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As an aspiring young fast bowler in the early 1980s, I grew up worshipping Lennie Pascoe. Looking back now I really have no idea why this was the case, but he was my first cricketing hero. Lillee and Thommo were not far behind, but it soon became apparent that my desire to be the next "terrifying quick" was not supported in any way by actual ability. I came to the realisation that I was very much military-medium at best, and would never get beyond that.
I then became obsessed with the great medium-pacers throughout history. Stories of bowlers such as Maurice Tate, Alec Bedser, Bill O'Reilly, Sydney Barnes, Fred Spofforth and Charlie Turner fascinated me. The skill to deceive a batsman with spin, swing or seam without relying simply on pure pace seemed like the perfect compromise.
This is probably of no surprise to anyone who read my last article about the myth of the speed gun. However, my next cricketing hero after Pascoe was none of those previously named, and was actually a bowler of whom I still have never seen any video footage. Described by Frank Tyson as "like Bedser, only better", the great Pakistan bowler Fazal Mahmood managed to capture my imagination.
Fazal was born exactly 87 years ago, on Feburary 18, 1927 in Lahore. His father, Professor Ghulam Hussain, encouraged Fazal to play cricket from an early age and his sporting ability quickly became apparent. While he was still at school, Fazal started a physical fitness programme that would serve him well through his career. He completed a daily ten-mile jog and 500 jumps of a skipping rope, and would then finish off with 70 or 80 laps of the swimming pool during summer. This routine undoubtedly assisted his later capacity to bowl long spells without losing speed or accuracy.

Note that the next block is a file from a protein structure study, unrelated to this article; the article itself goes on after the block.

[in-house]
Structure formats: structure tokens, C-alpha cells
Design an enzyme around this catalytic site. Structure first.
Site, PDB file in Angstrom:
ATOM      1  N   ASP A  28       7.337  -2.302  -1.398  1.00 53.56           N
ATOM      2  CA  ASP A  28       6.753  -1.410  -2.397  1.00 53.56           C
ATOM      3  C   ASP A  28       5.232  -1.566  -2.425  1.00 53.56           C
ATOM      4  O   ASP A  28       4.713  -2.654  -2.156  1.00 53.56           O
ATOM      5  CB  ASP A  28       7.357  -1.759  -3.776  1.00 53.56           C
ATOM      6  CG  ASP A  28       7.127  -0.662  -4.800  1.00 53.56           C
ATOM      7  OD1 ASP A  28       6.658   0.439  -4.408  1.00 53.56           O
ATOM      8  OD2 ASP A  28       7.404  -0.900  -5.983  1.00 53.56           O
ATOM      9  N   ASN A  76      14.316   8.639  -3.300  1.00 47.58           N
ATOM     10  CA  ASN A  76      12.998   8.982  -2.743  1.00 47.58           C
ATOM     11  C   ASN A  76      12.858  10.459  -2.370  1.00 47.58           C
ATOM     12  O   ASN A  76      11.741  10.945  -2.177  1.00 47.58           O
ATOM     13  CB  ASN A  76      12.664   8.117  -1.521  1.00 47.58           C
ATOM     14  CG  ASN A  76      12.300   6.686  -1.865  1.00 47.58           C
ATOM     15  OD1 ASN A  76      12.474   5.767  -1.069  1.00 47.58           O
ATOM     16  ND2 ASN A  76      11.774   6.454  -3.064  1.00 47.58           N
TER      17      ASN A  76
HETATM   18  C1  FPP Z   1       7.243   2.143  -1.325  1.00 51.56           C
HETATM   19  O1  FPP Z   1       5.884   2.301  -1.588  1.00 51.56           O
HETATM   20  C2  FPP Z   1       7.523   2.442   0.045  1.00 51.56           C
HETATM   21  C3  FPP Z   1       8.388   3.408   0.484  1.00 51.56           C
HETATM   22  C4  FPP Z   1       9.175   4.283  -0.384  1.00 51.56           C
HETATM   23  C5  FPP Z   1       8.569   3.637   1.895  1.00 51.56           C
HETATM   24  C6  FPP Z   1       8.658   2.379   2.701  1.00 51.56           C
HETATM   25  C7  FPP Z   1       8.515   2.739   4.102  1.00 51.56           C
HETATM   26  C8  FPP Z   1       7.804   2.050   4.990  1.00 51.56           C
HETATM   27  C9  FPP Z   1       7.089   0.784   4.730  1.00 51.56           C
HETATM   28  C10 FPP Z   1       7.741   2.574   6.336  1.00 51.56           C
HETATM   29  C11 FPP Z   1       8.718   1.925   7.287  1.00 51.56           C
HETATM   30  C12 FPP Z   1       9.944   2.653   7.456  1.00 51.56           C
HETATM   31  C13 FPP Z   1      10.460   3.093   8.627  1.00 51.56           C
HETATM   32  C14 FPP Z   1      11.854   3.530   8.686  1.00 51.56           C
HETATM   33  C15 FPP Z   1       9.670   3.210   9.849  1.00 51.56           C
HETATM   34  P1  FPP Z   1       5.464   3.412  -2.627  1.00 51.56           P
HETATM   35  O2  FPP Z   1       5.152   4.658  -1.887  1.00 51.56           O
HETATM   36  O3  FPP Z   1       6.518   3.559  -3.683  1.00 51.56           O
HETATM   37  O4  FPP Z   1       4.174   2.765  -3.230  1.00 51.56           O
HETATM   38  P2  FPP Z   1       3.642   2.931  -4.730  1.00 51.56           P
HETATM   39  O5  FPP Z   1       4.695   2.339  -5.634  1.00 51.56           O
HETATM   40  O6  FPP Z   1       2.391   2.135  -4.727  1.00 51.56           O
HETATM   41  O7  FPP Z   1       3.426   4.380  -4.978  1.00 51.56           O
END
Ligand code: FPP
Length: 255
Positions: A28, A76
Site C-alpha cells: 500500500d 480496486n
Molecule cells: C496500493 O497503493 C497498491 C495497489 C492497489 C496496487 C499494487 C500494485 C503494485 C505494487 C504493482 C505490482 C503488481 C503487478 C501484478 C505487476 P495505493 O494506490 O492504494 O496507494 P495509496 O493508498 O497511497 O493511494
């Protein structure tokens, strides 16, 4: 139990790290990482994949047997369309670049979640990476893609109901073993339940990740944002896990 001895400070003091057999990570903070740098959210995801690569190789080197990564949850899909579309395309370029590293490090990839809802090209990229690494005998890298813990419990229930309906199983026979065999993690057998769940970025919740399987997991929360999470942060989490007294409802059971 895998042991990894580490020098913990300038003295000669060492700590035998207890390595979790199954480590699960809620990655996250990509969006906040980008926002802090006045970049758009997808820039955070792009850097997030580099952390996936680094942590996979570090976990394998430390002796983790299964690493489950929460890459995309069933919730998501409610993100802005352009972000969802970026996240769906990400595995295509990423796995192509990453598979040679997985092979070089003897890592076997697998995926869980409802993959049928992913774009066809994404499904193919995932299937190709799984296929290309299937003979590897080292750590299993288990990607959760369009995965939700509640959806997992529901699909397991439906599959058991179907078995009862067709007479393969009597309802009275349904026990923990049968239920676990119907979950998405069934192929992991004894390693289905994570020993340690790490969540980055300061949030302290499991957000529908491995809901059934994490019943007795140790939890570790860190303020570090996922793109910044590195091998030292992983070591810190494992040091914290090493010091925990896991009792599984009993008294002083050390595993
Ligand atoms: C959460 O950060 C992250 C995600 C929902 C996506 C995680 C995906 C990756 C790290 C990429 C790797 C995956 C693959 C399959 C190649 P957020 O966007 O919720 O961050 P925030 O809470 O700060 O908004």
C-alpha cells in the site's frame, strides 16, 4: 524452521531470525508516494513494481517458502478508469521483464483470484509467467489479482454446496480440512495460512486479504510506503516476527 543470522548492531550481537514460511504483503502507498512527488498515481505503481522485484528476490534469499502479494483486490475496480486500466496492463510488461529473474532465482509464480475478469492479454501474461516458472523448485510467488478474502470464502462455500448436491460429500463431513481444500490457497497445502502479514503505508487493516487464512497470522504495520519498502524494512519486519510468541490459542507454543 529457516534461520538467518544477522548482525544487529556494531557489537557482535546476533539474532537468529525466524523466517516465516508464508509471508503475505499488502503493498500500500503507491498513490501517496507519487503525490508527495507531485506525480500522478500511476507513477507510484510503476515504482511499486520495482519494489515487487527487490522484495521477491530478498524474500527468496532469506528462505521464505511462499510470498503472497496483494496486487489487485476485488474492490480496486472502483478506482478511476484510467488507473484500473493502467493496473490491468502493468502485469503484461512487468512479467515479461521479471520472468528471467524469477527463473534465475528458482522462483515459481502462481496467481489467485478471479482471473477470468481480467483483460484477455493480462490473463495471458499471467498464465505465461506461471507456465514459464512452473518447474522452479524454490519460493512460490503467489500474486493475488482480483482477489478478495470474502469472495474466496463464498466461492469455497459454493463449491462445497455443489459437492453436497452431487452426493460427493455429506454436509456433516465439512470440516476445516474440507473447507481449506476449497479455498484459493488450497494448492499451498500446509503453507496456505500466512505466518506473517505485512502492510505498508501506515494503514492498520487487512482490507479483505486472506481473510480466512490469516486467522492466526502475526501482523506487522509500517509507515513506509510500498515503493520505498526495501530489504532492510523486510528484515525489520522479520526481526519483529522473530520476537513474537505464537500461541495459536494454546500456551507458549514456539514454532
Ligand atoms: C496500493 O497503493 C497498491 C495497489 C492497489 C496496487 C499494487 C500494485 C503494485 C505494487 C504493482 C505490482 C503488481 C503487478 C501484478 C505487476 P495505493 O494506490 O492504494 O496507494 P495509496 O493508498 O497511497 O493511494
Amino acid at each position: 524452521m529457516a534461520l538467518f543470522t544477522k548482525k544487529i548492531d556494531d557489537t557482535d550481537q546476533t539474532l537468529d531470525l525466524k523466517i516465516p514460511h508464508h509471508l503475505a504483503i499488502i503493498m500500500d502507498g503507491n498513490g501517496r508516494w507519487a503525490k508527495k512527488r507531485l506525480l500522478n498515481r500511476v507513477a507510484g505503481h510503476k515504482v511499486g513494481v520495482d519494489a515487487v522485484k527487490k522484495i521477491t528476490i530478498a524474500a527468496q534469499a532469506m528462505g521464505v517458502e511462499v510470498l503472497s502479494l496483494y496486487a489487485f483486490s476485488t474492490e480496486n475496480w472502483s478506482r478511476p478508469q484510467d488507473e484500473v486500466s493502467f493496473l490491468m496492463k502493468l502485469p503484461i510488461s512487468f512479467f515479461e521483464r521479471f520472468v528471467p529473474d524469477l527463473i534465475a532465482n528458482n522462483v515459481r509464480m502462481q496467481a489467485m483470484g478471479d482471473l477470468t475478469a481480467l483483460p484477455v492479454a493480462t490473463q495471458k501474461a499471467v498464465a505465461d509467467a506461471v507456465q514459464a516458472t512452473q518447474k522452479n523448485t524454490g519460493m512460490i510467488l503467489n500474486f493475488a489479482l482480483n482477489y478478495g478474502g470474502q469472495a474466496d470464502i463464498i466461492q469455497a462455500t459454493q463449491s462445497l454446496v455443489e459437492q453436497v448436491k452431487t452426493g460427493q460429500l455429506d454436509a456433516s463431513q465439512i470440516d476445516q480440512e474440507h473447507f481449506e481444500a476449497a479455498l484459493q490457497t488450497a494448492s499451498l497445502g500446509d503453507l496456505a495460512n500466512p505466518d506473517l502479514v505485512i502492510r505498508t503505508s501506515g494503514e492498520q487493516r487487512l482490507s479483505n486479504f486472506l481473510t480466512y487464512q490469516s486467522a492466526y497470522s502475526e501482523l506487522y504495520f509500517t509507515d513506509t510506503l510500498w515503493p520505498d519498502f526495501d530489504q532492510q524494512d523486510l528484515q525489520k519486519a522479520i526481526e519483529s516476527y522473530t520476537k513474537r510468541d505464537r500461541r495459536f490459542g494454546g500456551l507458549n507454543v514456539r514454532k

After playing for Islamia College, Fazal was selected for his first first-class match in the annual Ranji Trophy competition in 1944. He represented the Northern India Cricketing Association, and his first wicket was the Indian Test cricketer Lala Amarnath. Fazal performed well in his subsequent first-class matches, and was considered unlucky not to be selected to tour England with the All-India side in 1946. The following year saw a continuation of his fine form, and in March 1947 he was named in the Indian side to travel to Australia later that year.
However, the Partition took place in 1947, and Fazal ultimately decided that he would not represent India and declined his place in the side. This choice meant that Fazal had to wait another five years to play Test cricket, as Pakistan was not made a full Test-playing member of the ICC until 1952.
Fazal was selected to play in Pakistan's inaugural Test, against India in Delhi in October 1952. This match was not a great success for Fazal, or indeed for any of the Pakistan team, with the visitors losing by an innings and 70 runs. The performance was quickly forgotten less than a week later, with Pakistan beating India by an innings and 43 runs in Lucknow. In just his second Test match, Fazal was instrumental, taking 5 for 52 and 7 for 42, as well as scoring a useful 29. His match figures of 12 for 94 compare well to Mitchell Johnson's recent 12 for 127 against South Africa. Ultimately, India won the five-Test series 2-1, but it was clear that Pakistan had uncovered a genuinely world-class bowler.
Perhaps the greatest factors underpinning why Fazal is less well known outside of Pakistan are his nation's new Test status at the time of his emergence and the lack of video footage of him
Pakistan's next international series was against England in Britain in 1954. This was seen as being a far harder test of the tourists' cricketing abilities than their previous Indian tour. The first Test was largely washed out, but Fazal showed early signs of his skills, taking 4 for 54 in England's only completed innings. The second Test was a disaster for both Pakistan and Fazal. After being dismissed for just 157, Pakistan's bowlers toiled away largely unproductively while England compiled a massive 558 for 6 declared, which underpinned their final victory by an innings and 129 runs. Concerns about Pakistan being prematurely admitted as a Test nation were raised when England dominated a rain-affected draw in the third Test. However, these murmurs were quickly silenced when Pakistan won the fourth Test and therefore drew the four match series 1-1. Fazal took 12 wickets in a match for the second time, with 6 for 53 and 6 for 46, and his bowling was again instrumental in Pakistan's victory.